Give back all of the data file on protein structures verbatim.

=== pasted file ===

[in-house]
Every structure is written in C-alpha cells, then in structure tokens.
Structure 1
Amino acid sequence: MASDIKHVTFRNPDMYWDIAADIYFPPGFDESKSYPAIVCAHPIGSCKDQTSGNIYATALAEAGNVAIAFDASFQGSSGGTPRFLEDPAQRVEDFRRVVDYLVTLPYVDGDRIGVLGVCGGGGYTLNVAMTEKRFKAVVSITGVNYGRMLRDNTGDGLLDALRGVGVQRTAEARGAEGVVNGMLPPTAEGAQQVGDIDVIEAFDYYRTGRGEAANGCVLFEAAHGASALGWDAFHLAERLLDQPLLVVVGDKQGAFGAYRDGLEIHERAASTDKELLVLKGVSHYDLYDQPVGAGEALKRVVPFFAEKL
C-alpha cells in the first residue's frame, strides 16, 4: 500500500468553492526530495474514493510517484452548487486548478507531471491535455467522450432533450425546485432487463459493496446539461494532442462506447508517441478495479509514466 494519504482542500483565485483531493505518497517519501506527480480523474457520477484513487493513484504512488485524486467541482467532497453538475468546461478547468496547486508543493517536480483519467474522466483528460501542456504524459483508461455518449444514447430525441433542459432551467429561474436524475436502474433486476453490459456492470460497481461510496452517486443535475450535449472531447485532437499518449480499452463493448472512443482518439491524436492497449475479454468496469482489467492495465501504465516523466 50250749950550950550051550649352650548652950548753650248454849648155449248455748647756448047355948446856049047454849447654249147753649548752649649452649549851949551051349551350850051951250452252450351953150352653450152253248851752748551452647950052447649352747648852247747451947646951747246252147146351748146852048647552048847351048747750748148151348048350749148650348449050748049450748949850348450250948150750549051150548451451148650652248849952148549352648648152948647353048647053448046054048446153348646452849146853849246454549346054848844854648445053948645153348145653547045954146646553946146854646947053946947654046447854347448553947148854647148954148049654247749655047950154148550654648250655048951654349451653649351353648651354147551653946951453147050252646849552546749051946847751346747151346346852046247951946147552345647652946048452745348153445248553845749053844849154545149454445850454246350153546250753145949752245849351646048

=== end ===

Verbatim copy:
[in-house]
Every structure is written in C-alpha cells, then in structure tokens.
Structure 1
Amino acid sequence: MASDIKHVTFRNPDMYWDIAADIYFPPGFDESKSYPAIVCAHPIGSCKDQTSGNIYATALAEAGNVAIAFDASFQGSSGGTPRFLEDPAQRVEDFRRVVDYLVTLPYVDGDRIGVLGVCGGGGYTLNVAMTEKRFKAVVSITGVNYGRMLRDNTGDGLLDALRGVGVQRTAEARGAEGVVNGMLPPTAEGAQQVGDIDVIEAFDYYRTGRGEAANGCVLFEAAHGASALGWDAFHLAERLLDQPLLVVVGDKQGAFGAYRDGLEIHERAASTDKELLVLKGVSHYDLYDQPVGAGEALKRVVPFFAEKL
C-alpha cells in the first residue's frame, strides 16, 4: 500500500468553492526530495474514493510517484452548487486548478507531471491535455467522450432533450425546485432487463459493496446539461494532442462506447508517441478495479509514466 494519504482542500483565485483531493505518497517519501506527480480523474457520477484513487493513484504512488485524486467541482467532497453538475468546461478547468496547486508543493517536480483519467474522466483528460501542456504524459483508461455518449444514447430525441433542459432551467429561474436524475436502474433486476453490459456492470460497481461510496452517486443535475450535449472531447485532437499518449480499452463493448472512443482518439491524436492497449475479454468496469482489467492495465501504465516523466 50250749950550950550051550649352650548652950548753650248454849648155449248455748647756448047355948446856049047454849447654249147753649548752649649452649549851949551051349551350850051951250452252450351953150352653450152253248851752748551452647950052447649352747648852247747451947646951747246252147146351748146852048647552048847351048747750748148151348048350749148650348449050748049450748949850348450250948150750549051150548451451148650652248849952148549352648648152948647353048647053448046054048446153348646452849146853849246454549346054848844854648445053948645153348145653547045954146646553946146854646947053946947654046447854347448553947148854647148954148049654247749655047950154148550654648250655048951654349451653649351353648651354147551653946951453147050252646849552546749051946847751346747151346346852046247951946147552345647652946048452745348153445248553845749053844849154545149454445850454246350153546250753145949752245849351646048